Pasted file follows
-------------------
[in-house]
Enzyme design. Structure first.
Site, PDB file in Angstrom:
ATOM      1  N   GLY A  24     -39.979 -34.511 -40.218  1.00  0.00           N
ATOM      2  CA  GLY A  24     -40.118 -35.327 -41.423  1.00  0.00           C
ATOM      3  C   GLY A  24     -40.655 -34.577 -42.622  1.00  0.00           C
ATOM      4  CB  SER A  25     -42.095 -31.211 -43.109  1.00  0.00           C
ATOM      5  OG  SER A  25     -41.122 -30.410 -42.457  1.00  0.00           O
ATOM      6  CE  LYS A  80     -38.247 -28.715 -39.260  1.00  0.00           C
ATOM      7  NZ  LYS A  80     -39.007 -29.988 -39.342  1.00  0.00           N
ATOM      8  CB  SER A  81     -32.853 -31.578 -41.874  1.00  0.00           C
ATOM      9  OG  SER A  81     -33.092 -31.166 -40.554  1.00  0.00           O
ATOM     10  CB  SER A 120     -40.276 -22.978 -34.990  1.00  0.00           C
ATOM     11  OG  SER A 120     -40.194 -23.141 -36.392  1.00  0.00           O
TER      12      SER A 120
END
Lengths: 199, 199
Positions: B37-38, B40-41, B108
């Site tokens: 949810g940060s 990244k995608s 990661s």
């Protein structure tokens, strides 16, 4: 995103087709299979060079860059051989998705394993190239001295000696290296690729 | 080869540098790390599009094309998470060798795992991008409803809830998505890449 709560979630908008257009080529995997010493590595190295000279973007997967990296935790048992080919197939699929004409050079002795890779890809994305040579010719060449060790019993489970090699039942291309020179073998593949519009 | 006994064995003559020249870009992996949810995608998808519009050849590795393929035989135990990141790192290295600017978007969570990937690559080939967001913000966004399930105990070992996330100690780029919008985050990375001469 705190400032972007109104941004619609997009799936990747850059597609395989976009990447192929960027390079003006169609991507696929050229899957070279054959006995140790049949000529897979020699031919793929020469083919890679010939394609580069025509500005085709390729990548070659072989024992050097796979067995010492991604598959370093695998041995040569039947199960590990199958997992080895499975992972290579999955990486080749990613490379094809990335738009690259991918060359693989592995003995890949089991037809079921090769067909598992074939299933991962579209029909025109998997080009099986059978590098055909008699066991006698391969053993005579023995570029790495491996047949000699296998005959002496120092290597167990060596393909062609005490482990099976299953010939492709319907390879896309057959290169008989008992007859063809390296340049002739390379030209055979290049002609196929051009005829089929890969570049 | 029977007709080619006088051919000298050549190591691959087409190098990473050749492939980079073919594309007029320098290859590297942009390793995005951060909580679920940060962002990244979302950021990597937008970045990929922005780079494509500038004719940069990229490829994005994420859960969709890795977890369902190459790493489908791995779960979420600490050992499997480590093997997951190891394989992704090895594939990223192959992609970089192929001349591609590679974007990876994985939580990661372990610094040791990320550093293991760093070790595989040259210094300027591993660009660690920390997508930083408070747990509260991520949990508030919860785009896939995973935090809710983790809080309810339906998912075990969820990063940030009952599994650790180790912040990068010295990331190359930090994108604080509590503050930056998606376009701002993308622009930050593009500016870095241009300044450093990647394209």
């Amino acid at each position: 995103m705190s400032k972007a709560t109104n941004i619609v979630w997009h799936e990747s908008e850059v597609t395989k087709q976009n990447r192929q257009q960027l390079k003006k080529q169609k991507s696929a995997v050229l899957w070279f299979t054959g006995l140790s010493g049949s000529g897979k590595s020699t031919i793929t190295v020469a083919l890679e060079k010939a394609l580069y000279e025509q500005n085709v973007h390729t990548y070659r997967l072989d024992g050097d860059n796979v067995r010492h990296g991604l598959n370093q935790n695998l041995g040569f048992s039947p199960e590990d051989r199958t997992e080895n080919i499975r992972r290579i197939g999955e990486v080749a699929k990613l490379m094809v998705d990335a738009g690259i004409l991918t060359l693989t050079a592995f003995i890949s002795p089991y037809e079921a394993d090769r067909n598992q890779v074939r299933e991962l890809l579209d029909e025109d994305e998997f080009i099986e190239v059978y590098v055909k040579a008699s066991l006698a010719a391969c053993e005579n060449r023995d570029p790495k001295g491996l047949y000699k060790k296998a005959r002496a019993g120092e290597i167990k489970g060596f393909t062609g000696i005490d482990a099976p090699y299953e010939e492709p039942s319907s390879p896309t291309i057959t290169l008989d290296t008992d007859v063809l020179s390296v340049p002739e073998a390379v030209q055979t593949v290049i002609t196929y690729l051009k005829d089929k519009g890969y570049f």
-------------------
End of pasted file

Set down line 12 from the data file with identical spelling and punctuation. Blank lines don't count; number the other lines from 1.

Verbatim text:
ATOM      9  OG  SER A  81     -33.092 -31.166 -40.554  1.00  0.00           O